Yesterday, voters in Mississippi overwhelmingly passed Initiative 31, which will limit eminent domain condemnations for private benefit. Despite opposition from Republican Governor Hailey Barbour, 73 percent of voters supported amending the state constitution to prohibit that any "property acquired by the exercise of the power of eminent domain under the laws of the State of Mississippi shall, for a period of ten years after its acquisition, be transferred or any interest therein transferred to any person, non-governmental entity, public-private partnership, corporation, or other business entity" [PDF]. So following condemnation, the government condemner cannot transfer the property to any private party for 10 years. Initiative 31 granted the following exceptions:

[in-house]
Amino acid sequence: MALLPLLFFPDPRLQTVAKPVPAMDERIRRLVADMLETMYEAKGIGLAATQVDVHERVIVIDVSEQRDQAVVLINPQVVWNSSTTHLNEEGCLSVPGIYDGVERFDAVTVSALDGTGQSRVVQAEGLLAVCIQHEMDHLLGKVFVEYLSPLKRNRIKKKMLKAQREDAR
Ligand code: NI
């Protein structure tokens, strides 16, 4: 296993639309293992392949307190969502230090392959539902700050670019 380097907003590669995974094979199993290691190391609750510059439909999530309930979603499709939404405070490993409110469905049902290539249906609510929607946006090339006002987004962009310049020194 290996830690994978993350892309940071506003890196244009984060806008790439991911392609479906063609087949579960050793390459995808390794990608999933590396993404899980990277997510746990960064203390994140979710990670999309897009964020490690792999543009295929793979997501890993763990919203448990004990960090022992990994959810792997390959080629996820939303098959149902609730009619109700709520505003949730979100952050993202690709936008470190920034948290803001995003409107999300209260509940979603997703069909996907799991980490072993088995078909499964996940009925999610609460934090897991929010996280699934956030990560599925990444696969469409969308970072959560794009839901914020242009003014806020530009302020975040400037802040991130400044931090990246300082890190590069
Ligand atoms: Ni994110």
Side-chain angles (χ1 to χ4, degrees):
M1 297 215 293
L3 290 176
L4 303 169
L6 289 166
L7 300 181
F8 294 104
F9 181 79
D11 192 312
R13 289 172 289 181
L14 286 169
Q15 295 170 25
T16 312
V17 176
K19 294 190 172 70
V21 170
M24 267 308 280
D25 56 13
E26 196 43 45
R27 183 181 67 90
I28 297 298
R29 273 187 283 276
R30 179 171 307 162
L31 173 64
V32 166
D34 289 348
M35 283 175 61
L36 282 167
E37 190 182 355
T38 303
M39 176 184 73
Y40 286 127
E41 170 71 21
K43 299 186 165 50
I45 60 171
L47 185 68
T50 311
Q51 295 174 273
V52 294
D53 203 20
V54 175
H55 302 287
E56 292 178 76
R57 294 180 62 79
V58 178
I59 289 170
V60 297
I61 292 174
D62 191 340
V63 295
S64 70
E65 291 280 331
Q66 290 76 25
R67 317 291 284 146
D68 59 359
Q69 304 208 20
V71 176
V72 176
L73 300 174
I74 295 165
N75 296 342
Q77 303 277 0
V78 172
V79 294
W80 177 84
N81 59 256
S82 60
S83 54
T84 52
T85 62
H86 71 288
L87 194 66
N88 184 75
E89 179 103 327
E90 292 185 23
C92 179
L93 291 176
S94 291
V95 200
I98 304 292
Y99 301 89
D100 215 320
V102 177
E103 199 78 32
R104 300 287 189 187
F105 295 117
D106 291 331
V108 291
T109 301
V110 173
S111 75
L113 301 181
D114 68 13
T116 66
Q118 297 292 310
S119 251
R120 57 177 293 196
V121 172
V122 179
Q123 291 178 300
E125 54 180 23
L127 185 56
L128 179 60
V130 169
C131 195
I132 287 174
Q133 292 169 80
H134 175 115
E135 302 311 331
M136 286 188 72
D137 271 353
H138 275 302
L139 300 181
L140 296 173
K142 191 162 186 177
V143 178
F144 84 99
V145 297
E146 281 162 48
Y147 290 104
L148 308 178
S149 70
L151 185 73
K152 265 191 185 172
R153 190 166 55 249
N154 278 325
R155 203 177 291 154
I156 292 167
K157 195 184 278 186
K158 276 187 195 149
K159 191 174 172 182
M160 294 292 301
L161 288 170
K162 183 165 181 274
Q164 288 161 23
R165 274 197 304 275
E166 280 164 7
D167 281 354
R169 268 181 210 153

(1) The above provisions shall not apply to drainage and levee facilities and usage, roads and bridges for public conveyance, flood control projects with a levee component, seawalls, dams, toll roads, public airports, public ports, public harbors, public wayports, common carriers or facilities for public utilities and other entities used in the generation, transmission, storage or distribution of telephone, telecommunication, gas carbon dioxide, electricty, water, sewer, natural gas, liquid hydrocarbons or other utility products. (2) The above provisions shall not apply where the use of eminent domain (a) removes a public nuisance; (b) removes a structure that is beyond repair or unfit for human habitation or use; (c) is used to acquire abondoned property; or (d) eliminates a direct threat to public health or safety caused by the property in its current condition.This is a huge step forward in protecting the rights of Mississippi property owners, although George Mason University law professor Ilya Somin explains why it isn't perfect (note the above exceptions). Governor Barbour has long opposed enhancing property rights protections on the grounds that eminent domain condemnations for private benefit are necessary to promote economic growth. Reason magazine's Damon Root wrote about crony capitalist Barbour's veto of reform legislation in 2009. In 2010, I explained in a CEI OnPoint whitepaper [PDF] why policy makers should be extremely skeptical of eminent domain condemnations used to promote planned redevelopment and economic growth. It was the U.S. Supreme Court's infamous 2005 Kelo v. New London decision that set off a nationwide movement to restrict takings abuse, and Mississippi becomes the 44th state to react to the Supreme Court's awful ruling. Now in 2011, the Kelo site cleared to make way for a planned mixed-use development project (since shelved) still remains empty.